As well as the voting intention poll for the Indy, ComRes have also published a poll they have conducted for Theos. As with every other UK poll on the US election, it shows British people would overwhelmingly back Barack Obama rather than John McCain were they to have a vote in the US election. 66% would back Obama, 10% McCain.

More interestingly though ComRes also asked a series of questions asking whether people would be prepared to vote for a leader who was black, muslim, gay or from another minority group. The question drew its inspiration from a similar poll conducted in the USA by Gallup last year, which found amongst other things that 5% of American voters said they wouldn’t vote for a black candidate and a majority (53%) wouldn’t vote for an atheist.

ComRes’s poll in the UK found that 5% of British voters said they would not vote for a black leader. For all the concern that American voters are somehow more racist and more likely not to vote for a black candidate, the proportion of people ready to admit that they wouldn’t vote for a black candidate is the same in this country (though naturally, we cannot tell how many other people share those views but were unwilling to admit them to a phone interviewer).

This shouldn’t be a huge surprise as analysis of electoral data shows a racial effect in how people vote. Roger Mortimore of MORI crunched the figures for the 2001 election and found Labour did 2.5% worse than average in seats where a ethnic minority candidate had replaced a white one, and 6.1% better in seats where a white candidate had replaced one from an ethnic minority.

I can’t track down a proper study, but most people with experience of local government elections will be able to reel off anecdotal examples of where there would appear to have been a racial bias in people voting in multi-member wards (see, for example, the two split wards in Bexley in 2006 – Belvedere and Erith here).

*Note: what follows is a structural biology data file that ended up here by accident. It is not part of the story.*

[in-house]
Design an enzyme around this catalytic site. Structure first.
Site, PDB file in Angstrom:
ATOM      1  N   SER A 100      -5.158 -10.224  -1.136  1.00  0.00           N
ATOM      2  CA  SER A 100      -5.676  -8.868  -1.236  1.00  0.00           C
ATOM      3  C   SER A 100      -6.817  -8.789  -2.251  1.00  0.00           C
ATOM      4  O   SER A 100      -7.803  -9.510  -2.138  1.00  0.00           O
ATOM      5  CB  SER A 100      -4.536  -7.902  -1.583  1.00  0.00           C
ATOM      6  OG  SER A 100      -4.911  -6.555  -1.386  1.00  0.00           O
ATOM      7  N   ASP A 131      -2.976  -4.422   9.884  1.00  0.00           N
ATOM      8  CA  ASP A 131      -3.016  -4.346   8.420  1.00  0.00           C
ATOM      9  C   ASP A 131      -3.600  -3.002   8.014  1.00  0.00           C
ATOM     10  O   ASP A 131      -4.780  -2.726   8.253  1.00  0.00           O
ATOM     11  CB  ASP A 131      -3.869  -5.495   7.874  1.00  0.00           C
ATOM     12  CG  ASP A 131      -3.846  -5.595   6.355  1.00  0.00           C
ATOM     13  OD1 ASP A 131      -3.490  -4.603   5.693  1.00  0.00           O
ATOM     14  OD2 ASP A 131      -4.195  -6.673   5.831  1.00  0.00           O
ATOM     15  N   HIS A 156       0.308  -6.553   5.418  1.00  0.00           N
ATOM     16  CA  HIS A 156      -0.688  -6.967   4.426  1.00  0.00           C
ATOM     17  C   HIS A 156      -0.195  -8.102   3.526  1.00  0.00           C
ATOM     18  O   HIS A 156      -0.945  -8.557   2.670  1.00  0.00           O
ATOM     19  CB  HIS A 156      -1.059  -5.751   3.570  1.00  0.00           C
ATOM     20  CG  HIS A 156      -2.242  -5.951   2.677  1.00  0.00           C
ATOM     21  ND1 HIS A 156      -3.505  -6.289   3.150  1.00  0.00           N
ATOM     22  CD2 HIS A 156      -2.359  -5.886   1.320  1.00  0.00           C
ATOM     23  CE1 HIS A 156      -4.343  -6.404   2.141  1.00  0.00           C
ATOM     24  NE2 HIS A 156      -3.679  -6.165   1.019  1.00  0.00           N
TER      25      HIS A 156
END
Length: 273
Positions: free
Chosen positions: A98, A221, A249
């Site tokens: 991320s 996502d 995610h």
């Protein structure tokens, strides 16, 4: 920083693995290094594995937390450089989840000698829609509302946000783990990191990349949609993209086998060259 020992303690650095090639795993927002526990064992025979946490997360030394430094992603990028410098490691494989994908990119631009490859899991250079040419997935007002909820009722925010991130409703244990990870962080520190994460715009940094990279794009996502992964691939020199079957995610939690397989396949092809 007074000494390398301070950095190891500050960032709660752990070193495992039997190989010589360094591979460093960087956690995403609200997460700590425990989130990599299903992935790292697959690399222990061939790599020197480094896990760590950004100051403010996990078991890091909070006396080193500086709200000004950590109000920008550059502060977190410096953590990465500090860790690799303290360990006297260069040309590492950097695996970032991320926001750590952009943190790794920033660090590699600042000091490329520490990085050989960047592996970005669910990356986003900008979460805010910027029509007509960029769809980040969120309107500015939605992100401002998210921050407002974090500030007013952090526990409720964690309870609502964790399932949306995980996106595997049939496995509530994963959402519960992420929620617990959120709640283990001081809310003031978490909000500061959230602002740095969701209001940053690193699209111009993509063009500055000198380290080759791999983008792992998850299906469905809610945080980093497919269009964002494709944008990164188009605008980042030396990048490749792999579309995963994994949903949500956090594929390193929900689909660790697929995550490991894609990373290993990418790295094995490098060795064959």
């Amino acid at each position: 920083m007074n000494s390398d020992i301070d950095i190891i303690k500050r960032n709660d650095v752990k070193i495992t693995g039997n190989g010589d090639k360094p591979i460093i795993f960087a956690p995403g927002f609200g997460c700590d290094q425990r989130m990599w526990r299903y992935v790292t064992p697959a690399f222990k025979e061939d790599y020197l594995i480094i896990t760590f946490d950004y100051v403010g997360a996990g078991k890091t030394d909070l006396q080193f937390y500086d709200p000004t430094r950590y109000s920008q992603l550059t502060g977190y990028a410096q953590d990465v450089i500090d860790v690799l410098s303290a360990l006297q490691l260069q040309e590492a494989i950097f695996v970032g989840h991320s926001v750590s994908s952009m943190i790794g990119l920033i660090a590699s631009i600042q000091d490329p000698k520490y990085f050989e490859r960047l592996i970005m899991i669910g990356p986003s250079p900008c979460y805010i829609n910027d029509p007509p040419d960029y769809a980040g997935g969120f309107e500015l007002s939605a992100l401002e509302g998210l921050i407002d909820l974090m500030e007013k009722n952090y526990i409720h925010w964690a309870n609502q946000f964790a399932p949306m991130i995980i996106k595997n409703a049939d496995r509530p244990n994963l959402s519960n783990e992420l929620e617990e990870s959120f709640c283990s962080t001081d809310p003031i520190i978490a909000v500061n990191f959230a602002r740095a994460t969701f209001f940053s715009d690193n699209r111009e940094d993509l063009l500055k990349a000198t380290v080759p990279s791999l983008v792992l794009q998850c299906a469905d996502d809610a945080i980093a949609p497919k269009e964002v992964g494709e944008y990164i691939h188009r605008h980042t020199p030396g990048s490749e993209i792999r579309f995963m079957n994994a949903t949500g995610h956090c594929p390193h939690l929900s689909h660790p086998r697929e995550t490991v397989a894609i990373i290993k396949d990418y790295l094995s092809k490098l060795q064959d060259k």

In the UK the factor that drew the most opposition was age. 43% of people said they would not vote for an otherwise acceptable candidate for leader who was 72 years of age, almost the same as in the USA where 42% said they would not vote for a 72 year old President. It is potentially possible, of course, that this is partially a reflection that people are more willing to admit discriminating in terms of age than on sexuality or religion. After that came being either gay or lesbian, or being a Muslim – in both cases 23% of people (presumably not the same ones!) said they would not vote for an otherwise qualified candidate in those circumstances. The Gallup survey did not ask about whether people would vote for a Muslim President, but did ask about a homosexual candidate and found 43% of Americans would refuse to vote for them.

Most other groups met with comparatively little opposition. Only 7% of British voters would not vote for a divorcee. (In the US survey, which clearly had Rudy Guiliani in mind, 30% said they would not vote for a thrice-married Presidential candidate). 7% of voters said they would not vote for a female leader – interestingly this was evenly split between men and women. 7% of people said they would not vote for a Christian leader – a question that would perhaps have been more interesting if ComRes has asked about committed or evangelical Christianity to see if there was any truth in Alistair Campbell’s famous “we don’t do God”.

In the US survey, the most electoral objectionable group was atheists, with 53% of Americans saying they would not vote for an otherwise well-qualified Presidential candidate who was an atheist. One would expect that figure to be much lower in the UK, but actually it is still surprisingly high at 20%. One might not have guessed it, but not believing in God would appear to be almost as much of an electoral handicap for a potential leader in the UK as being Muslim or gay.

39 Responses to “Would you vote for an atheist”

  1. This blog brought back bitter memories. I worked as a scientist in the US for most of my life, and am therefore a natural atheist. The level of violence against atheists in the US is incredible. During 4 years in Texas the Christians twice tried to beat me up (though I was able to run away both times). Our office in Austin was repeatedly fire-bombed and shot up (the police department refused to respond). Our bookstore in Denver CO had to be closed a week after it opened due to gunshot attacks (incidentally, we have to have our own bookshop because no mainstream store dares to carry our material). We were finally closed down by a judge’s demand for a $!m bond in a frivolous libel case. Several Southern states prohibit atheists from running for any public office. These articles in the respective constitutions were voided by the Supreme Court in the 80s but are still in effect (like other banned practices such as school prayer and the teaching of creationism).